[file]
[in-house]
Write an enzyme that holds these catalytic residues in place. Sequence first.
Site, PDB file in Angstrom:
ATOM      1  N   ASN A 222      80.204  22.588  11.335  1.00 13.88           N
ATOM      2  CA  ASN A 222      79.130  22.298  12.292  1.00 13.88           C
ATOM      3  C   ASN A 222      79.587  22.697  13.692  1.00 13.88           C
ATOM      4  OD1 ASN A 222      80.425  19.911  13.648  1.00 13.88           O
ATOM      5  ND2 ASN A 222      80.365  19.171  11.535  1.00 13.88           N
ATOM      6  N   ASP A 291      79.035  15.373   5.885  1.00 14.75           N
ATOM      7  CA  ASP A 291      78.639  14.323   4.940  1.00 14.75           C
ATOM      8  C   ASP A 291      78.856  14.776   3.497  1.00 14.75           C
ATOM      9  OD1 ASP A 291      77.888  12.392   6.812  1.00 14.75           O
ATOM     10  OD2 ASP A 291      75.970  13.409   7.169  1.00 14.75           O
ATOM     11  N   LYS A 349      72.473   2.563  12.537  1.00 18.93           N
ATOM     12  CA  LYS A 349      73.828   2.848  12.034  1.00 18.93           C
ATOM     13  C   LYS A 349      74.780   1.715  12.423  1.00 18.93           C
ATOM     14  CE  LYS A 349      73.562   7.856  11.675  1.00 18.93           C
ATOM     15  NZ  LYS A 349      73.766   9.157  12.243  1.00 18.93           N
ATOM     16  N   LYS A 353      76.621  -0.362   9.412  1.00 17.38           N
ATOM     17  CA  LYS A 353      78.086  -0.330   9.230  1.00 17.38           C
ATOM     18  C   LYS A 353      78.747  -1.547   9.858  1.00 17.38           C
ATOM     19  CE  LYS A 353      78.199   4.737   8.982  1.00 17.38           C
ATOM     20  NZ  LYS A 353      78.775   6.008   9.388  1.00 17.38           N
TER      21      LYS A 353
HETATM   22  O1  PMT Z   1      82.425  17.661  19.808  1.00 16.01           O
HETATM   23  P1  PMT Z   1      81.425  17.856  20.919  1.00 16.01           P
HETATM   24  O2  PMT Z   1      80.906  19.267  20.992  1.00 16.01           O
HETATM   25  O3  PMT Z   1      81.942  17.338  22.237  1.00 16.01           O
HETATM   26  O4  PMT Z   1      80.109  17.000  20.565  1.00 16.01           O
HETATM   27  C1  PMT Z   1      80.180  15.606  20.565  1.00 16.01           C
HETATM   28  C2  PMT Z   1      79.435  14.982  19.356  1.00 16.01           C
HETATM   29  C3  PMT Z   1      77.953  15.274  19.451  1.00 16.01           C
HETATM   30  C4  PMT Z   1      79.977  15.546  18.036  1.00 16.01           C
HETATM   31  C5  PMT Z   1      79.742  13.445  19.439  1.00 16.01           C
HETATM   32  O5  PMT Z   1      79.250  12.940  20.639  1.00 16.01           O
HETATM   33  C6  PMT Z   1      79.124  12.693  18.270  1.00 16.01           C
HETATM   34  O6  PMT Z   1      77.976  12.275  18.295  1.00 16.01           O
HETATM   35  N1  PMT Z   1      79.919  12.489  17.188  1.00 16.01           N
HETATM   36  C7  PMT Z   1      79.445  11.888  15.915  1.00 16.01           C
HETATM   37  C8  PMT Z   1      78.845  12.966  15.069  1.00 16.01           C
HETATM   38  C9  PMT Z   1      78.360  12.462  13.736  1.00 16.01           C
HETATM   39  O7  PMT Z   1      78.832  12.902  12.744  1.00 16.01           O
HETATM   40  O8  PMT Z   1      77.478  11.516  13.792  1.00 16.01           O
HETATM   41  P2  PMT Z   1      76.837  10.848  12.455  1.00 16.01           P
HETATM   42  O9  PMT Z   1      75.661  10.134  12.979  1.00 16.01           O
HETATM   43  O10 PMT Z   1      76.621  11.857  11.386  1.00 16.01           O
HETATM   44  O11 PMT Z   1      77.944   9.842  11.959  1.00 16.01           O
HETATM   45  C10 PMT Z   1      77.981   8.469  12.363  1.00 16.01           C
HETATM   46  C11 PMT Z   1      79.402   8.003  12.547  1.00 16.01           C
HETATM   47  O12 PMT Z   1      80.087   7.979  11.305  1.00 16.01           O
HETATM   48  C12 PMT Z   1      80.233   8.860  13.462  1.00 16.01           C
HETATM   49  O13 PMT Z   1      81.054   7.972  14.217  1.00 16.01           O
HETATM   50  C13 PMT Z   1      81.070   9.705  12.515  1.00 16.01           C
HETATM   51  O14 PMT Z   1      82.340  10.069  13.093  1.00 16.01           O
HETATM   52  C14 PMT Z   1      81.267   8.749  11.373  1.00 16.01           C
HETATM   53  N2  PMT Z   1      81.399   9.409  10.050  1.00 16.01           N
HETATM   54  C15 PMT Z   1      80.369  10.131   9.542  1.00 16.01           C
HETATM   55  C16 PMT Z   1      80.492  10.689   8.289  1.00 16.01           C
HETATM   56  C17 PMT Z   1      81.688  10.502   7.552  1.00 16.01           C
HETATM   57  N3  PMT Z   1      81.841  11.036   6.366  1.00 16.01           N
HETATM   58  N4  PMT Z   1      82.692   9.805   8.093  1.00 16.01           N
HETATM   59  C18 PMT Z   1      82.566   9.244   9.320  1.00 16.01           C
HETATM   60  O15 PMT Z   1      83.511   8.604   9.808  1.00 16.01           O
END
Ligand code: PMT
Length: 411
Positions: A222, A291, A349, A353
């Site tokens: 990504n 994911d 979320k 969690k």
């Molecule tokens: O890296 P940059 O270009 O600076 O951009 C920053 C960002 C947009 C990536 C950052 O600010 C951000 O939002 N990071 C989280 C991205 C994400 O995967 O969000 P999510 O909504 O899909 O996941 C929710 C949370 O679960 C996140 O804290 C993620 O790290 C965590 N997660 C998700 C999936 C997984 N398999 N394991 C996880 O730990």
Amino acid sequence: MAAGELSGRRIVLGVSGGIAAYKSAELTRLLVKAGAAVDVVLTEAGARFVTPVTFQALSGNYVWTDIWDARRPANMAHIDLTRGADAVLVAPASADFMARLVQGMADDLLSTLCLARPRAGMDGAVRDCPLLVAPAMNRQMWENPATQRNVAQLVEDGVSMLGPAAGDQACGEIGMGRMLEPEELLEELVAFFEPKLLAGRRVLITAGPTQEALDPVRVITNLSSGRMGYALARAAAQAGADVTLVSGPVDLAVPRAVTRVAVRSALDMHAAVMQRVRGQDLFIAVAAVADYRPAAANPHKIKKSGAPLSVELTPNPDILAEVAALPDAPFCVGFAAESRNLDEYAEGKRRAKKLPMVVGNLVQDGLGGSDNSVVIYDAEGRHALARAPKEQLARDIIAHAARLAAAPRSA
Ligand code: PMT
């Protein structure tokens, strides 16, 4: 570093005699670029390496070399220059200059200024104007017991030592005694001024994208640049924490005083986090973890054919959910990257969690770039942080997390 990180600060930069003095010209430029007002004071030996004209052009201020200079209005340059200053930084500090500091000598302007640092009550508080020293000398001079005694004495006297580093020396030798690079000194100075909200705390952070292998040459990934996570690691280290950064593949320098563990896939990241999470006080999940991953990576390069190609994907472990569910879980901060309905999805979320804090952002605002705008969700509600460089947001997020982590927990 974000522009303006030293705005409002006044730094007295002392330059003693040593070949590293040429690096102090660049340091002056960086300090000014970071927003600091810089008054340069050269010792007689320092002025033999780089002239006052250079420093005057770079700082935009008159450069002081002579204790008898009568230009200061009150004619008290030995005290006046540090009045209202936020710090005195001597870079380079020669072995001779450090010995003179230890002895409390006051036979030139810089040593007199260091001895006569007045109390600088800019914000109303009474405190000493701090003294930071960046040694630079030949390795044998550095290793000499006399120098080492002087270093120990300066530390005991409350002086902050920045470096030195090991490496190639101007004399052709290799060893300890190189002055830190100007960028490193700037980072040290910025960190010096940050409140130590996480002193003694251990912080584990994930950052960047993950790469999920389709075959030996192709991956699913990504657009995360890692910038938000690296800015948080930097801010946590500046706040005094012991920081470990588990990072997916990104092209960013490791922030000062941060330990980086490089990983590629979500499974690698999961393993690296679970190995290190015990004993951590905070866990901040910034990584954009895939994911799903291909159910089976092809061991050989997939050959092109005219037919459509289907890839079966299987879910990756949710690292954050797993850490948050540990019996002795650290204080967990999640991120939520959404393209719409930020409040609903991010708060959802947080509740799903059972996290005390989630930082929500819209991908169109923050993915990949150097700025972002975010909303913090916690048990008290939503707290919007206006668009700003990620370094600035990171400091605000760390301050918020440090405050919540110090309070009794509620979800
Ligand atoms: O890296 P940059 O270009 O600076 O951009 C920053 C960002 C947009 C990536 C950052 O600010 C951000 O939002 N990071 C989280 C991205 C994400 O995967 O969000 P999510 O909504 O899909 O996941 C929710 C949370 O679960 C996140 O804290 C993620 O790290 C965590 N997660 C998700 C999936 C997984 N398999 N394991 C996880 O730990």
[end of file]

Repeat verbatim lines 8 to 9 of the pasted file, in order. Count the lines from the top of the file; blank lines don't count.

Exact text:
ATOM      5  ND2 ASN A 222      80.365  19.171  11.535  1.00 13.88           N
ATOM      6  N   ASP A 291      79.035  15.373   5.885  1.00 14.75           N